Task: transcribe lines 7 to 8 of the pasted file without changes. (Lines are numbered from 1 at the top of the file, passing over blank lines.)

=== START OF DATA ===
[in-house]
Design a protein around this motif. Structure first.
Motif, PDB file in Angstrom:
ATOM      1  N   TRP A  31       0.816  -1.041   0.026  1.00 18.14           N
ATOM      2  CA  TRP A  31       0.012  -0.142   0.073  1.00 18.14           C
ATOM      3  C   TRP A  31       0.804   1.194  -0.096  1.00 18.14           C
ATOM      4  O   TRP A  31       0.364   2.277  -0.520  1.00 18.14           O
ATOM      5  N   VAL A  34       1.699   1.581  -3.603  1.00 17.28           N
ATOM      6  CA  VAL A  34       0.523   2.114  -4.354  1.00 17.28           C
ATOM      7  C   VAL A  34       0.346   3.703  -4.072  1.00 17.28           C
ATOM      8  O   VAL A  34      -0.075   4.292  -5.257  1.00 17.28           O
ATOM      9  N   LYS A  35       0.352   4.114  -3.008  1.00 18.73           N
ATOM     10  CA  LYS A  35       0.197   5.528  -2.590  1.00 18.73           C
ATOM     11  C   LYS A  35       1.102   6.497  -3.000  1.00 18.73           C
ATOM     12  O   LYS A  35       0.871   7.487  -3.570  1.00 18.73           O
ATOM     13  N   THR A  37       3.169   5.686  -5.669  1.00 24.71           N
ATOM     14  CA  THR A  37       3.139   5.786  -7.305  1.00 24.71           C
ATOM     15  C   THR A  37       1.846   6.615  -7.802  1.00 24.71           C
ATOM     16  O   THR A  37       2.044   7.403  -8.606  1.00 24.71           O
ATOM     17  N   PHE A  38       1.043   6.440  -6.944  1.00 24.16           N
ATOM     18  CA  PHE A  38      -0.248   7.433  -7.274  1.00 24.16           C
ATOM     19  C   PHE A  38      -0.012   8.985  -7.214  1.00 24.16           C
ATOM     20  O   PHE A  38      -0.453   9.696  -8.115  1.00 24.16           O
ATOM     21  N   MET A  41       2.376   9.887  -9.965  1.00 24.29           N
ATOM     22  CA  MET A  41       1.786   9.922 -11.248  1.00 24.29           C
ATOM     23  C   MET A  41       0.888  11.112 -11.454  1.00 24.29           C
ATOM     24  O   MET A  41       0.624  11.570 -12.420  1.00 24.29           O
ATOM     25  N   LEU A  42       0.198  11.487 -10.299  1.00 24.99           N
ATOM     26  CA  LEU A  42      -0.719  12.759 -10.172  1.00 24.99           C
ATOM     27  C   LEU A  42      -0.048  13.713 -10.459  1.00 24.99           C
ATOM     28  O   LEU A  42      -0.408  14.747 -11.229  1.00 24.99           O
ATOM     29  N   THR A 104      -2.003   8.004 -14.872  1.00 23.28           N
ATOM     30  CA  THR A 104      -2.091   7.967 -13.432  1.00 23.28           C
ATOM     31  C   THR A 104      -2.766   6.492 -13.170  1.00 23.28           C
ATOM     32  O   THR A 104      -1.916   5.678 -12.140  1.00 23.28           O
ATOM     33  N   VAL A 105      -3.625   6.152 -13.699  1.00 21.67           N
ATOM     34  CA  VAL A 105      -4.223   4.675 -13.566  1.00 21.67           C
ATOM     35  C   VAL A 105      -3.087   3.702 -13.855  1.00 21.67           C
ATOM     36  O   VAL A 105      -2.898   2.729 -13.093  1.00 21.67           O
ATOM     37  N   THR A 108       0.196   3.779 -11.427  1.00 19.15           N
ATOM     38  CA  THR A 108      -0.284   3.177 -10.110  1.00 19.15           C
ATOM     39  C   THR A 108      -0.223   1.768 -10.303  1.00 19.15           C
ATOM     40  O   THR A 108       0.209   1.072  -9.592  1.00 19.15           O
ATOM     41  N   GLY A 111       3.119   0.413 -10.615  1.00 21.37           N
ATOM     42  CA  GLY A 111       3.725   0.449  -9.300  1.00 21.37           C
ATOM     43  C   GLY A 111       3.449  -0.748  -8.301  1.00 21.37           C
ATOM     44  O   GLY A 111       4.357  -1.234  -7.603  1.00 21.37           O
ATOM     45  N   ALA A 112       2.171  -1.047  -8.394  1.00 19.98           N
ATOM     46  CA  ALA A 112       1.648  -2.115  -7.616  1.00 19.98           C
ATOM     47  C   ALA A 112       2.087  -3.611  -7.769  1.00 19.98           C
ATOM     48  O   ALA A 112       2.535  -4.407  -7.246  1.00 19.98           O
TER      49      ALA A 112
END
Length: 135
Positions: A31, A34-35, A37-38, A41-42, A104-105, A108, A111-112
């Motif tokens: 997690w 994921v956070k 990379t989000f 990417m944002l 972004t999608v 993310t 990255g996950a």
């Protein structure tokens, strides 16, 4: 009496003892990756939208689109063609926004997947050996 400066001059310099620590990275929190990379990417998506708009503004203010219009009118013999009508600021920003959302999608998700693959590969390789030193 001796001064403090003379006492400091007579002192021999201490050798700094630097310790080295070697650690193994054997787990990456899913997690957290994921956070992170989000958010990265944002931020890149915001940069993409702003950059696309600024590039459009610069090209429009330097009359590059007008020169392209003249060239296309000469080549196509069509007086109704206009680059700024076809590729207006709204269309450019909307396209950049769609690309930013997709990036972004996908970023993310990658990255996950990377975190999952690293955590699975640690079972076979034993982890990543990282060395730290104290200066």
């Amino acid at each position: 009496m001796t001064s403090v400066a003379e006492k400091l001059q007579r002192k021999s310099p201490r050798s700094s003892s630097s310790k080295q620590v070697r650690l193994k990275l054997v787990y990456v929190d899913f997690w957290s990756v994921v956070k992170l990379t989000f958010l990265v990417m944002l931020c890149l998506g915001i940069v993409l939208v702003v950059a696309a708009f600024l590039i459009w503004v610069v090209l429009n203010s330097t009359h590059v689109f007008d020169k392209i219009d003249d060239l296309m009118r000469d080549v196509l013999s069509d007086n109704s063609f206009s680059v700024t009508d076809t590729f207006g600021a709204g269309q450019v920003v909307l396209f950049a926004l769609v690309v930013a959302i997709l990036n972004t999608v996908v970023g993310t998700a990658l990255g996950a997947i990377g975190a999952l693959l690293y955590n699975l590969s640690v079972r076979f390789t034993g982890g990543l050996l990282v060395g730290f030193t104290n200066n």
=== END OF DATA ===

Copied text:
ATOM      4  O   TRP A  31       0.364   2.277  -0.520  1.00 18.14           O
ATOM      5  N   VAL A  34       1.699   1.581  -3.603  1.00 17.28           N